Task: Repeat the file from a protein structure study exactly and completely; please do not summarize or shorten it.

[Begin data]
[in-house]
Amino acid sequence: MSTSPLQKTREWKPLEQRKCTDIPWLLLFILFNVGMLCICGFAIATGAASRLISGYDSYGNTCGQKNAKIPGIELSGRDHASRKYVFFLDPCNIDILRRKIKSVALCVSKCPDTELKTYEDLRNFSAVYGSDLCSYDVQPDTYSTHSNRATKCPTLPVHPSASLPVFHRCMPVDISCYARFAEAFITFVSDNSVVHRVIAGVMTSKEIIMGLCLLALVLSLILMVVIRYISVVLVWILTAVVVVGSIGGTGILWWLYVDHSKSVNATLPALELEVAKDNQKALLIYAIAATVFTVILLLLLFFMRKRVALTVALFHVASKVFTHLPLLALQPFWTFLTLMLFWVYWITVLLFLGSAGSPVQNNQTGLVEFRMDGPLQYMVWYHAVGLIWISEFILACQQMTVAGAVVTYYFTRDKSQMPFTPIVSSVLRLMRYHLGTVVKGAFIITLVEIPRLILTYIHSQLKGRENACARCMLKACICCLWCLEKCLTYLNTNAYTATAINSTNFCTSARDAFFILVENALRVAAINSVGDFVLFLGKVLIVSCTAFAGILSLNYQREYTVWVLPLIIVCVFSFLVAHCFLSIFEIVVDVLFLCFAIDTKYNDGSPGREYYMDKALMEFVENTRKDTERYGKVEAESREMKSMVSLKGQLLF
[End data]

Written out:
[in-house]
Amino acid sequence: MSTSPLQKTREWKPLEQRKCTDIPWLLLFILFNVGMLCICGFAIATGAASRLISGYDSYGNTCGQKNAKIPGIELSGRDHASRKYVFFLDPCNIDILRRKIKSVALCVSKCPDTELKTYEDLRNFSAVYGSDLCSYDVQPDTYSTHSNRATKCPTLPVHPSASLPVFHRCMPVDISCYARFAEAFITFVSDNSVVHRVIAGVMTSKEIIMGLCLLALVLSLILMVVIRYISVVLVWILTAVVVVGSIGGTGILWWLYVDHSKSVNATLPALELEVAKDNQKALLIYAIAATVFTVILLLLLFFMRKRVALTVALFHVASKVFTHLPLLALQPFWTFLTLMLFWVYWITVLLFLGSAGSPVQNNQTGLVEFRMDGPLQYMVWYHAVGLIWISEFILACQQMTVAGAVVTYYFTRDKSQMPFTPIVSSVLRLMRYHLGTVVKGAFIITLVEIPRLILTYIHSQLKGRENACARCMLKACICCLWCLEKCLTYLNTNAYTATAINSTNFCTSARDAFFILVENALRVAAINSVGDFVLFLGKVLIVSCTAFAGILSLNYQREYTVWVLPLIIVCVFSFLVAHCFLSIFEIVVDVLFLCFAIDTKYNDGSPGREYYMDKALMEFVENTRKDTERYGKVEAESREMKSMVSLKGQLLF